There is a new Arbitration ‘authority’ in Southern Africa this week. It is Africa ADR www.africaadr.com. This new arbitral forum was launched this week. It is a collaborative project between the Arbitration Foundation of Southern Africa (AFSA) with assistance and support from a variety of groups international and domestic.
To begin with the venues for Africa ADR are Mauritius, Mozambique, The Democratic Republic of Congo and three cities in SA. Instrumental in establishing the new arbitral forum were IOD which is the Institute of Directors, South Africa. This organisation is thoroughly English as in English, not British but English. It was started by a King and that makes it really old and important-like cognac. Sorry, is that too impertinent? I have been told that my bad attitude about royalty is because I am American and I am jealous. Seriously??
International commercial arbitration is resorted to when cross-border contracts go pear shaped and there is a clause in them that says, parties cannot sue for damages under this contract, they must go to arbitration. Well-drafted arbitration clauses within contracts can specify the forum or group that will assist in the dispute resolving. Now, with the help of Africa ADR parties can use the clause provided on the website and ensure that their disputes are heard by an African panel of arbitrators. This is invaluable.
If parties have a problem abiding by a contractual obligation, the matter becomes a dispute and goes before an arbitral panel run by Africa ADR. The parties have to pay a forum fee and pay for administration costs. Parties will pay their lawyers and then pay for the cost of renting space at the venue for the arbitration. Parties will pay the arbitrators fees and costs as well. Parties will pay costs al throughout the hearing-then they will get an Award which needs to be enforced by a court.
The Africa ADR announcement encourages potential African states to adopt the New York Convention in order to smooth the way for arbitration in Africa. The New York Convention is a UN sponsored code that can be adopted by governments that orders the judiciary of a nation to enforce awards made in international commercial arbitration. This would ensure that awards are respected and upholds the integrity of the arbitral process. But what if countries do not like the New York convention?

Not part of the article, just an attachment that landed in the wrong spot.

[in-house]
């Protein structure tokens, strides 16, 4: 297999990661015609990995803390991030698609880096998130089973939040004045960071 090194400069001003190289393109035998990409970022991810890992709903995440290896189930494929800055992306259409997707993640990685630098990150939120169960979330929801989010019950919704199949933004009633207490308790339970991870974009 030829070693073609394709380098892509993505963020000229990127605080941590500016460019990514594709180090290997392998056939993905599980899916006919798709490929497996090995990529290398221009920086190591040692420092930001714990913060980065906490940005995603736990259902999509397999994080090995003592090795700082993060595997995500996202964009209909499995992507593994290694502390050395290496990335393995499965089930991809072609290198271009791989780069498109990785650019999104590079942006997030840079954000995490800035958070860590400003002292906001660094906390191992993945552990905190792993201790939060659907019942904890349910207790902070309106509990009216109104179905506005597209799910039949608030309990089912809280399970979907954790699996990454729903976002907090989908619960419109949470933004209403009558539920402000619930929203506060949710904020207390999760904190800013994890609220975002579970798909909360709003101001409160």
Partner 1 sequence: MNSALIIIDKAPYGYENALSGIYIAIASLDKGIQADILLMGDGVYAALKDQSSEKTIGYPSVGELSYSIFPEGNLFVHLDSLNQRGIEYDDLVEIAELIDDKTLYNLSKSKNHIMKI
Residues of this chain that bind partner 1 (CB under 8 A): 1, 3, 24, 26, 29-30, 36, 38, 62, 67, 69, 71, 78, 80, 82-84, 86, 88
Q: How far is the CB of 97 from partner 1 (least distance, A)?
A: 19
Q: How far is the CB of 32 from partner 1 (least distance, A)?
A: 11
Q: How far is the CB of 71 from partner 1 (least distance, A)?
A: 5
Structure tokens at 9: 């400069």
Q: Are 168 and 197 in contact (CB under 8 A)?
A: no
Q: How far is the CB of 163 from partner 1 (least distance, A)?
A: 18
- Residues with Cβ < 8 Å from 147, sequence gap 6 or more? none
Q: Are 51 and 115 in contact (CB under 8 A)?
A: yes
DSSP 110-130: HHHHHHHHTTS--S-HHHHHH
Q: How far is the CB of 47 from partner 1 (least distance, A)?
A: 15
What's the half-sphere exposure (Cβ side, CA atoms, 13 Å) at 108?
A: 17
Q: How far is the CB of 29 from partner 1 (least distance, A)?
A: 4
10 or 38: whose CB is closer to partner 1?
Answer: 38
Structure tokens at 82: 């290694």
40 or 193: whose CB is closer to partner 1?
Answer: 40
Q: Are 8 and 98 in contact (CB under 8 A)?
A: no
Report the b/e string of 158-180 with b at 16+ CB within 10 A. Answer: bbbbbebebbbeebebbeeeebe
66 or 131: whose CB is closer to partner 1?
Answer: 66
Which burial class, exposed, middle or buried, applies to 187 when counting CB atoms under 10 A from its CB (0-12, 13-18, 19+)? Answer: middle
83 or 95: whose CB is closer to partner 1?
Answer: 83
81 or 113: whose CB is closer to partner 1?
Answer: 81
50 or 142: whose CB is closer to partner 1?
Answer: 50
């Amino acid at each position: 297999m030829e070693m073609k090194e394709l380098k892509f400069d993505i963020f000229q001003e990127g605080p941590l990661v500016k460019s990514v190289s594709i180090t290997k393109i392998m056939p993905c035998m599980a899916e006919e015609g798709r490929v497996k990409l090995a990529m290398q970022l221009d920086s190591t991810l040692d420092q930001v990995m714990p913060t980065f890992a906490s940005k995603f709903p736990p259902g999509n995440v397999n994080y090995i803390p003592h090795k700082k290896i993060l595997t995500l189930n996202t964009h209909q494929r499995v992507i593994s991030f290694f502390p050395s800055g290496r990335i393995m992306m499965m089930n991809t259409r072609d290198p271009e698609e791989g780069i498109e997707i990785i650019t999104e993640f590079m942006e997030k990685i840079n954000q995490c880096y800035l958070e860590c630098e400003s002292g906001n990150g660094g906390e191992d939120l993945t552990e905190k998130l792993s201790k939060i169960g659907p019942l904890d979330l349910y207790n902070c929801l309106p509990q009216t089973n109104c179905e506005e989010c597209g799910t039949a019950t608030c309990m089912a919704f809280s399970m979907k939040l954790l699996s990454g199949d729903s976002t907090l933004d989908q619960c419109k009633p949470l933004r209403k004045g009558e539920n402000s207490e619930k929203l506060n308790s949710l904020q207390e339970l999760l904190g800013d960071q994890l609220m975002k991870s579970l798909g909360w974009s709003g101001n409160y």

The New York Convention was created in the 1950’s with little or no African influence. It was crafted in 1958 and it for this reason that many African states have not adopted it.
For years, contracts have been drafted by lawyers at white shoe firms whose interests were to ensure that any dispute was resolved in London of New York so that their colleagues could handle that matter. If African businesses begin to put the Africa ADR clause in their contracts then dispute will be handled by this forum, in Africa, before a panel of experts that presumably is African. That would be cool if we could be sure.
Another organisation that supported Africa ADR is 39 Essex Street Chambers-an English Chambers based in London. All helpful no doubt because business is good and they are feeling charitable......right? Unlikely, there is money to be made in this venture. These barristers make money ok, but there is real money in international arbitration. They can represent parties or be an aribtrator, either way there is money to be made. Having an English Chambers involved gives arbitration street cred but it is African…..how exactly? Surely, there is enough arbitration expertise in Africa to have all African support for this forum-African arbitrator, African counsel.
There needs to be a forum for African commercial dispute resolution, for sure. A place, closer than NYC, Paris or LONDON. This forum or several forum--should be where African business can resolve an international dispute based on an arbitration clause in a contract, on their own terms. This is the true nature or arbitration-to select dispute resolution on agreed upon terms.
I like Africa ADR. It has great potential. It is just that once you get outsiders involved, they are not going to want to give up $ to the newly trained African team. There is no transition step in the arbitration business. It is all about getting your foot in the door and never removing it until you can fit yer whole self in in the room. Once this thing gets up and running and making money, the English barristers will not move on and make way for the African. Some parties to disputes may want that English presence. And this is fine...but this makes Africa ADR the choice for parties who like the 'old world' and its lawyers.
This is the beauty of Arbitration. Parties get to choose how they want their dispute resolved.
This new forum for dispute resolution is a hopeful thing. Many disputes will be facilitated and resolved in this forum to be sure. But it should be a beginning of lots of other forums for dispute resolution throughout Africa with support from various sources or none. This is the true nature of Arbitration- consensual and as the parties choose.